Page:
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Russia’s Foreign Minister visits separatist Abkhazia

By Tea Mariamidze
Wednesday, April 19
Georgia’s Foreign Ministry (MFA) says the visit of Russia’s Foreign Minister, Sergey Lavrov, to Georgia’s breakaway region of Abkhazia scheduled for April 18-19, represents a continuation of Moscow’s provocative policies against the Georgian state.

The MFA reports that in parallel with meetings with representatives of the occupation regime, Lavrov will participate in the opening ceremony of building of the Russian embassy in the occupied region.

“The ‘visit’ of the Russian Foreign Minister to the occupied Abkhazia region in violation of the Georgian state border, and the opening of a new official building of the illegal diplomatic representation of the Russian Federation, blatantly violates the principle of respect for sovereignty and territorial integrity of a state within its internationally recognized borders and other fundamental norms of international law,” the Georgian MFA stated.

Officials in Tbilisi says that Lavrov’s so-called working visit is a continuation of Moscow’s provocative policies against Georgia.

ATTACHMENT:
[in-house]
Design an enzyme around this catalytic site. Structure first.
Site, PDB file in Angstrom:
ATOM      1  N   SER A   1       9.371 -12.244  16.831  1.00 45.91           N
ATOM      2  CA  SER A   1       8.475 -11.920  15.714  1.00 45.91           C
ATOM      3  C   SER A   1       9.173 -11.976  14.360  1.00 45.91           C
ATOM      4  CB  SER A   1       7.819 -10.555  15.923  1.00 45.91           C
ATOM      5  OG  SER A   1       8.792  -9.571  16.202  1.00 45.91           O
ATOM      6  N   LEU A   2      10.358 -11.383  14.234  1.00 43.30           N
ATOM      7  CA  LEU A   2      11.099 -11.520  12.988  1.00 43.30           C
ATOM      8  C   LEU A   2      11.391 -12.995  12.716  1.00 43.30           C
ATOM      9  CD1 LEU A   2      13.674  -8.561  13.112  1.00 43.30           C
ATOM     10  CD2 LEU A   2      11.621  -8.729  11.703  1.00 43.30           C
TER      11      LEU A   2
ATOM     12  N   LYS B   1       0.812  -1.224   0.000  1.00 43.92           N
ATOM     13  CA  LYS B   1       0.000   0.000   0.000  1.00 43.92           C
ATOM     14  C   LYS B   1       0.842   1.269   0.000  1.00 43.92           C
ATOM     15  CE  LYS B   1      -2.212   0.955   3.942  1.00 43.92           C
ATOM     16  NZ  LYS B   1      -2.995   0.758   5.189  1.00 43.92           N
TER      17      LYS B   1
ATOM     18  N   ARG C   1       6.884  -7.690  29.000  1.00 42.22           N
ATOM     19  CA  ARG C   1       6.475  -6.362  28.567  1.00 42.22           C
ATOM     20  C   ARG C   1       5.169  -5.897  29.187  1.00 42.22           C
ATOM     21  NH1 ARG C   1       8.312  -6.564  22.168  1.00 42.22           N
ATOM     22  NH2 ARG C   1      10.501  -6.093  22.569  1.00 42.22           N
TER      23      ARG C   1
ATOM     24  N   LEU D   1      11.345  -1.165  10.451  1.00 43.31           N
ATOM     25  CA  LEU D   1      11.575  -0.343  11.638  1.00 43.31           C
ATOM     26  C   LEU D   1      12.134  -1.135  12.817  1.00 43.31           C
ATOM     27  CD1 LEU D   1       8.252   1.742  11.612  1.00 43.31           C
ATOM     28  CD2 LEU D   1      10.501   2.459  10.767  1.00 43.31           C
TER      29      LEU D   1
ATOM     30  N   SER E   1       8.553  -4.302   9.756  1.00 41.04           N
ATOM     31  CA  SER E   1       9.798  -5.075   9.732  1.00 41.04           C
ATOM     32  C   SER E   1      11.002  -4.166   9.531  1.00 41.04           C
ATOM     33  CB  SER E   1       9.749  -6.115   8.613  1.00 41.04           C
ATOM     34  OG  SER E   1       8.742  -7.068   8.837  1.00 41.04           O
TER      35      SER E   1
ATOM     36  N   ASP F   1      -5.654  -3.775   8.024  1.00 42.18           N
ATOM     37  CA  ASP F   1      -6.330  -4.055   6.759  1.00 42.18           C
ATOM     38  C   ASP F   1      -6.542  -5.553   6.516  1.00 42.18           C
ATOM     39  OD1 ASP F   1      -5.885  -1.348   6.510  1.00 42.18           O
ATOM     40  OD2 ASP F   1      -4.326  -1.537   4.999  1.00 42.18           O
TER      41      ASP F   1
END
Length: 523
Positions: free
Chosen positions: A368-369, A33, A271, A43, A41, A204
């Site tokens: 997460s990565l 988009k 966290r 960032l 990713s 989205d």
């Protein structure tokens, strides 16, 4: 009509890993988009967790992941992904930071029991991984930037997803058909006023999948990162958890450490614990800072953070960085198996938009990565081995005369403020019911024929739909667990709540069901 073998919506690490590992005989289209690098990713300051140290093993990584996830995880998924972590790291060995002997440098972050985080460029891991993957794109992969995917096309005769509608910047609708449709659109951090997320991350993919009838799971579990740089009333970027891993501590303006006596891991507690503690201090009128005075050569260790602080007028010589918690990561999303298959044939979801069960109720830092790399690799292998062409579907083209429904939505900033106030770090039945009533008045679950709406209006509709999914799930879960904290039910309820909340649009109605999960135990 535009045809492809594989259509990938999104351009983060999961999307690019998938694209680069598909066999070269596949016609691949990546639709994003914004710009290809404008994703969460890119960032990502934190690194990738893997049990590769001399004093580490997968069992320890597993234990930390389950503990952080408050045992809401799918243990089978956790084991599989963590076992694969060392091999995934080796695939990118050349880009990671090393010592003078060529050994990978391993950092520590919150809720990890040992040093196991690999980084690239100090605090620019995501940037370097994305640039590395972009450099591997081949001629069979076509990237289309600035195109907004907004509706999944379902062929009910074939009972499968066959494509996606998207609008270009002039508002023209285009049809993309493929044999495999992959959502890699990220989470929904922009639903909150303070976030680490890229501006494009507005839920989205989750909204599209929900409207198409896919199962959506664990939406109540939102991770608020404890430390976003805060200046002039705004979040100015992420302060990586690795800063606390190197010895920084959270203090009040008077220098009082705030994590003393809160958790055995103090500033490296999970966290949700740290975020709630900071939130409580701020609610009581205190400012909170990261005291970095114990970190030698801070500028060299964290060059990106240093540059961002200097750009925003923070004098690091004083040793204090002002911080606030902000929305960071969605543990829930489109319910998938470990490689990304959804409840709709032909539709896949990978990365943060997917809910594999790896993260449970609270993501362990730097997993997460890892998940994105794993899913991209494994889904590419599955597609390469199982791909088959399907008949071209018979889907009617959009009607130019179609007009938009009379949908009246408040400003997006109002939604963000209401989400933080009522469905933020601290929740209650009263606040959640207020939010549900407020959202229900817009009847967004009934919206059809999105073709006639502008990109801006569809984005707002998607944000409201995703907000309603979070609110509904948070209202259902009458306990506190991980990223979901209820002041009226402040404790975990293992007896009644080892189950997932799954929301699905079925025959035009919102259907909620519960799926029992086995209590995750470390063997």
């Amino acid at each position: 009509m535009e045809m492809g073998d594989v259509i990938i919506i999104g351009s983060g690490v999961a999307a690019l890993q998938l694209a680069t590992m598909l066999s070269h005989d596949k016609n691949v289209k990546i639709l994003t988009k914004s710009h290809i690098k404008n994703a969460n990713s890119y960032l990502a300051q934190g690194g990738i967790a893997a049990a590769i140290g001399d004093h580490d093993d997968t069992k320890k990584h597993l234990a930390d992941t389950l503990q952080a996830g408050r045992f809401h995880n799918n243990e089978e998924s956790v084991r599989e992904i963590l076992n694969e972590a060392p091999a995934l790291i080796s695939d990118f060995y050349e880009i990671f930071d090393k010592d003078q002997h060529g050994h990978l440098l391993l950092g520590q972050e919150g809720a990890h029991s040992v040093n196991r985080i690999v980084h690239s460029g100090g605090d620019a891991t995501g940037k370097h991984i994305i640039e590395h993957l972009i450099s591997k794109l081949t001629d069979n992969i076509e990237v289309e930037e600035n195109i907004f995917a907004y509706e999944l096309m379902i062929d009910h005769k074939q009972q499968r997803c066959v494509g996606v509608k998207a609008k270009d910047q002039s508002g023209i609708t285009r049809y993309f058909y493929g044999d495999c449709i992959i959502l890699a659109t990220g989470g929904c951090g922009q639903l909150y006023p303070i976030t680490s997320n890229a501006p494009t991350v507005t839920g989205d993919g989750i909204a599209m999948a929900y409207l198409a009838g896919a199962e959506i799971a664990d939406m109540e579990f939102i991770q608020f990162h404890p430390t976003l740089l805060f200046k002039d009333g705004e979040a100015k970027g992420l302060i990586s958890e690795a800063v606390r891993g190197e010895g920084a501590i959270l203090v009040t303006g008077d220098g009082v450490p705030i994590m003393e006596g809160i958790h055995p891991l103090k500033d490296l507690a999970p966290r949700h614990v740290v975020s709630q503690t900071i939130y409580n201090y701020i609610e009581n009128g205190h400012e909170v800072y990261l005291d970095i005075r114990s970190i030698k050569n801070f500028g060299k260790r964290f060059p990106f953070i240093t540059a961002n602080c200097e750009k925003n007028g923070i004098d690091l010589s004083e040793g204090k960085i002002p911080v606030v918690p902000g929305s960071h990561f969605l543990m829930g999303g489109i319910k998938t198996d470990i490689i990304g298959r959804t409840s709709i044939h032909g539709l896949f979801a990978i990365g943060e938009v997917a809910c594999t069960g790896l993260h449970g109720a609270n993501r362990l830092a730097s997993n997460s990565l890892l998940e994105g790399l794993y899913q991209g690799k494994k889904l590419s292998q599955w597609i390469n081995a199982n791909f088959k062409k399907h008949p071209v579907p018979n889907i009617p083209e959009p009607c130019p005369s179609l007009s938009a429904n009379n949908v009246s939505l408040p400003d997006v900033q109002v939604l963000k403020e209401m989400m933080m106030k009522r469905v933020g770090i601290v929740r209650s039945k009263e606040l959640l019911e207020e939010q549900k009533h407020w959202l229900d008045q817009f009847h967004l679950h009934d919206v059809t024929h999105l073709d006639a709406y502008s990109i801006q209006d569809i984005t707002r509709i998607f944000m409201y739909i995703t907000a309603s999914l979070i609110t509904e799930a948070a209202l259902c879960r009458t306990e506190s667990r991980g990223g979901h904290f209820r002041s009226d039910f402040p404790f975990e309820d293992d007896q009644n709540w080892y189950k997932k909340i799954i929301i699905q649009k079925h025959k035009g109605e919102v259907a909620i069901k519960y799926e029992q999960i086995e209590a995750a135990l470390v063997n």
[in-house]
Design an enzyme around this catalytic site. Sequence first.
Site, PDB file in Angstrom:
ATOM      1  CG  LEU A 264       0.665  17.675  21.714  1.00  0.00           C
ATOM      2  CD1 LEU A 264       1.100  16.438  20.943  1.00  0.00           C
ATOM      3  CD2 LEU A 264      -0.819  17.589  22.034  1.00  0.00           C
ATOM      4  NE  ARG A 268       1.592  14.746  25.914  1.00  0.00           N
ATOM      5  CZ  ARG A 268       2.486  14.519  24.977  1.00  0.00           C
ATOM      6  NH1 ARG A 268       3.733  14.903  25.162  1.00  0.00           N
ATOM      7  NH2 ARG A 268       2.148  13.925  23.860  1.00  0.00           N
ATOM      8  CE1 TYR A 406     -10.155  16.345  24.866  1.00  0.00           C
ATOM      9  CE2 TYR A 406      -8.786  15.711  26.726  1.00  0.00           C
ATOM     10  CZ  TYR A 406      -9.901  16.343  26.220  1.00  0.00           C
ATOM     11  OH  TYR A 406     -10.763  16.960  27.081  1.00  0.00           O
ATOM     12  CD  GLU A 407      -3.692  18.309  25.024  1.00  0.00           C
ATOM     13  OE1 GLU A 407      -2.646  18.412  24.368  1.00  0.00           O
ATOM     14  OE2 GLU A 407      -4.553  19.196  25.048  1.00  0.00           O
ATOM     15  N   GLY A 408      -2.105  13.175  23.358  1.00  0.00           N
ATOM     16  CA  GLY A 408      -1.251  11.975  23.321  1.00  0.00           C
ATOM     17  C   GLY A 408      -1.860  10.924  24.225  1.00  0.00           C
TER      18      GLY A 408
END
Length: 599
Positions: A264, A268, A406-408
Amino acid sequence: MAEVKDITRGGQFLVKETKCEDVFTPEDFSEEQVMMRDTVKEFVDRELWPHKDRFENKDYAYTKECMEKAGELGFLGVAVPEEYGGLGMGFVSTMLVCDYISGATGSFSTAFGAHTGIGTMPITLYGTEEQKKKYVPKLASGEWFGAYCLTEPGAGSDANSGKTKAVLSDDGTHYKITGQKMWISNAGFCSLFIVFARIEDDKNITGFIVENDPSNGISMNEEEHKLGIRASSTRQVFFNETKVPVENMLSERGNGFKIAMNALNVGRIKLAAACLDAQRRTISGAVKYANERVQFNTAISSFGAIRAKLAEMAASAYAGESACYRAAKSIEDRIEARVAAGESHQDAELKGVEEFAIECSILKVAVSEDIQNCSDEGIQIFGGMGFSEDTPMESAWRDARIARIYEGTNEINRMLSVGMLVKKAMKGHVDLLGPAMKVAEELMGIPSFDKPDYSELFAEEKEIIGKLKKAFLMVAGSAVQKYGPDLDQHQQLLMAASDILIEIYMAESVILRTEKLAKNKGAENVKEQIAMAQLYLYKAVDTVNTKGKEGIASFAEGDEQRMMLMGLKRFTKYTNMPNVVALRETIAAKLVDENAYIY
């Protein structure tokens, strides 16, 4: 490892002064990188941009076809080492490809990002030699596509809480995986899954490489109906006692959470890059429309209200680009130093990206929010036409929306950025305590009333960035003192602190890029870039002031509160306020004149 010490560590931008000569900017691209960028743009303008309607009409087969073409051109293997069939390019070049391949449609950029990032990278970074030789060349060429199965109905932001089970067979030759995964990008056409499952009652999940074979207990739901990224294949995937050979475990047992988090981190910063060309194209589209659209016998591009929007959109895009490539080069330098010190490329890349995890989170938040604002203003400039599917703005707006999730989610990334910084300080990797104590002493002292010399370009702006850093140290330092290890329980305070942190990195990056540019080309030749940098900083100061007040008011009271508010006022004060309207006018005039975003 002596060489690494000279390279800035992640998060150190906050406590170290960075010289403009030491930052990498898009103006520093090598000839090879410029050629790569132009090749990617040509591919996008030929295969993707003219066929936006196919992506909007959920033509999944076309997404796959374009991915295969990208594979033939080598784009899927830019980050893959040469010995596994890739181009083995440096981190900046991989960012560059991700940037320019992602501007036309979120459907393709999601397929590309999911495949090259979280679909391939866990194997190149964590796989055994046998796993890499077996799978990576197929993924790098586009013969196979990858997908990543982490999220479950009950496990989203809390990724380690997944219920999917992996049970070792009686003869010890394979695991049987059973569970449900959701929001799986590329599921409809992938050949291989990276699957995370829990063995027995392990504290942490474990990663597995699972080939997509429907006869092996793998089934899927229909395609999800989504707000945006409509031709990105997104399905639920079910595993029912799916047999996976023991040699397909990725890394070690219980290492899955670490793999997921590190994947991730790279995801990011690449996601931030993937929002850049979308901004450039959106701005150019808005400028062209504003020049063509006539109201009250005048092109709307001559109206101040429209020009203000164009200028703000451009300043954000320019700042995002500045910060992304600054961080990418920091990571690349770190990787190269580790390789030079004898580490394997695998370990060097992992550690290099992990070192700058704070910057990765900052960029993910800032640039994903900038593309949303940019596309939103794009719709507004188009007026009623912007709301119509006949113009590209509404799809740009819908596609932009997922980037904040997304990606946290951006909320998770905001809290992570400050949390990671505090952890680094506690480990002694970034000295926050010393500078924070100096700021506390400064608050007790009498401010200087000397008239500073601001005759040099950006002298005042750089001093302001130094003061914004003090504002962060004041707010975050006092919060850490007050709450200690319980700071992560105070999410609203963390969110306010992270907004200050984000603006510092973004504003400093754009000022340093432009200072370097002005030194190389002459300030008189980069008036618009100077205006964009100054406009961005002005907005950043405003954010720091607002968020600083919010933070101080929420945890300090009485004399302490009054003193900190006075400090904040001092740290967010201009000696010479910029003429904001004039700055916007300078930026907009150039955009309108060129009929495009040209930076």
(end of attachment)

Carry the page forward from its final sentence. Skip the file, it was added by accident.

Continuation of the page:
“This aims at legitimizing the forceful change of borders of a sovereign state through ethnic cleansing and military occupation. With this kind of illegal act, the Russian Federation attempts in vain to legitimize the occupation regimes,” the statement of the Georgian MFA reads.

The Ministry of Foreign Affairs of Georgia calls upon the Russian Federation to cease the practice of provocative actions, respect the territorial integrity of a sovereign state and implement its international obligations including the 12 August 2008 Ceasefire Agreement.

Russia’s state-led news agency, Tass, reports that on April 19, Russia's Lavrov will hold talks with “Abkhazia's President Raul Khadzhimba, Parliament Speaker Valery Kvarchiya and his counterpart, the republic's top envoy, Daur Kove.”

Russia’s Foreign Ministry said that Lavrov will also attend the ceremony of the of opening a new Russian embassy compound.

The Russian Ambassador to Abkhazia, Semyon Grigoryev, told Tass that construction of the compound began in 2013.

"On the basis of a government resolution, a land plot for building the embassy was allotted in October 2008,” Semyon Grigoryev told the Russian news agency.

The Russian Federation recognized the independence of Georgia’s separatist regions - Abkhazia and South Ossetia - after the August 2008 war, which left 20 percent of Georgia’s territories occupied.